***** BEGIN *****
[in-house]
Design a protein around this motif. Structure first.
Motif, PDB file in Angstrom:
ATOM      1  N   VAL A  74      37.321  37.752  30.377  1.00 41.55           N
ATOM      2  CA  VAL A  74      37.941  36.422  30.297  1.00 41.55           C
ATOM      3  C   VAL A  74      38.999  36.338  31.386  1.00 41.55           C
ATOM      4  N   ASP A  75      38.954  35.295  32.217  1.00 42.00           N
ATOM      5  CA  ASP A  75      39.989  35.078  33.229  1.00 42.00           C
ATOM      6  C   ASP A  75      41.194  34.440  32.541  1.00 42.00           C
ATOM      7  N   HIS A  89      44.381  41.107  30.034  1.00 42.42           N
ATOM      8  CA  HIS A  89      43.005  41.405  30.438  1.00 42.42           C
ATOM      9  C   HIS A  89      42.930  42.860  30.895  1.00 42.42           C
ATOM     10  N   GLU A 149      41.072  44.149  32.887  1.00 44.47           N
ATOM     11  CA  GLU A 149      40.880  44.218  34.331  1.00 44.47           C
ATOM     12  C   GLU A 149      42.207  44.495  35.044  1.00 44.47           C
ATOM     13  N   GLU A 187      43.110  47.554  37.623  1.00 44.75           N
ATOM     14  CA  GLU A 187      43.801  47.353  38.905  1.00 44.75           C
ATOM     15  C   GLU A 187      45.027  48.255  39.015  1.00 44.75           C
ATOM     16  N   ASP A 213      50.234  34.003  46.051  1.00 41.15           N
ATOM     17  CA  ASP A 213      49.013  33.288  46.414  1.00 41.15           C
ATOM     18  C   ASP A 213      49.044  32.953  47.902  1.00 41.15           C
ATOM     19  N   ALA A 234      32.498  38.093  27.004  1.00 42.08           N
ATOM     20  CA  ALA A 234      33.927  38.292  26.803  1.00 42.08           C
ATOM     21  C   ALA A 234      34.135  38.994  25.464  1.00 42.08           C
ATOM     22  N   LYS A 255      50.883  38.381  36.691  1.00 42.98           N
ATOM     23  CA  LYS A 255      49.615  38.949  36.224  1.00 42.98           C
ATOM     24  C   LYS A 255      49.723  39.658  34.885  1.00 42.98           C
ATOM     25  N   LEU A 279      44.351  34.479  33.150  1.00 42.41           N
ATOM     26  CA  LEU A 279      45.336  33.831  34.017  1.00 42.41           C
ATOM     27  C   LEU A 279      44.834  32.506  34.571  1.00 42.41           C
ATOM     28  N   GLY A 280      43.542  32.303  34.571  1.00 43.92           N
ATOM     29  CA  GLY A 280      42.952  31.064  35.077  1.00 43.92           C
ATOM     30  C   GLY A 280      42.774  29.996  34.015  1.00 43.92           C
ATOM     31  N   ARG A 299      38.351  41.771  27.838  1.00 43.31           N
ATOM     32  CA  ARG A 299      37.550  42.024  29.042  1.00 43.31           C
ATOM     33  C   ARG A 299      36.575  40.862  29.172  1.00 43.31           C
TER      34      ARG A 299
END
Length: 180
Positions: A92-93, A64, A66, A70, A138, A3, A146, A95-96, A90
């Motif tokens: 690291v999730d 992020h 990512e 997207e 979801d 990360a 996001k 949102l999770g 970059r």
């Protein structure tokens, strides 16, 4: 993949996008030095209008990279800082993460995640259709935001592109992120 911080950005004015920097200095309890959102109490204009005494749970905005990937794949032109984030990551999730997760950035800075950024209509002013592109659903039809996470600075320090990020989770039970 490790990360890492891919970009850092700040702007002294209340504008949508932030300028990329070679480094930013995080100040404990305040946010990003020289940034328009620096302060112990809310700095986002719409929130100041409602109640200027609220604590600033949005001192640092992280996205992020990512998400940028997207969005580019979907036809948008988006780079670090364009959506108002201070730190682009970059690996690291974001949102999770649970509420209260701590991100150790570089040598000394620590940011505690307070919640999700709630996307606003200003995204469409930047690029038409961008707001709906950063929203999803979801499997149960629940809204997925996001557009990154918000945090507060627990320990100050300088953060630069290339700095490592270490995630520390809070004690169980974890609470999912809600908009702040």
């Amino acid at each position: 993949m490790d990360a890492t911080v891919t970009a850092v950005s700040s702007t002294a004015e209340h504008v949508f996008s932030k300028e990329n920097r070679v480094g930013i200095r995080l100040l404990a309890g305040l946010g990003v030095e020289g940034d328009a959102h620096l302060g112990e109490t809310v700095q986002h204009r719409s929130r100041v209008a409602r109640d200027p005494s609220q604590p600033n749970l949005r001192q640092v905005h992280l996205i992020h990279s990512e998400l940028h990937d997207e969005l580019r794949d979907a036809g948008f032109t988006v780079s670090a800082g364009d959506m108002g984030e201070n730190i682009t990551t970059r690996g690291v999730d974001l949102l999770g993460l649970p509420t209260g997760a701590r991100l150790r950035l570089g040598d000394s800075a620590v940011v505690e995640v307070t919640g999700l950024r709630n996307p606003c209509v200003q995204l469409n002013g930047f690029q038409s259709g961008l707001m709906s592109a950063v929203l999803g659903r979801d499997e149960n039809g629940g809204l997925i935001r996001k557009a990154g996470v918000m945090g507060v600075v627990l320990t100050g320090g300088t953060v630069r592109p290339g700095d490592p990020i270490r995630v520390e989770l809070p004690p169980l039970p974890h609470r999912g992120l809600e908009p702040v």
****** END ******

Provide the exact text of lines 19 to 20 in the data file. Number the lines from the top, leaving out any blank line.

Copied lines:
ATOM     16  N   ASP A 213      50.234  34.003  46.051  1.00 41.15           N
ATOM     17  CA  ASP A 213      49.013  33.288  46.414  1.00 41.15           C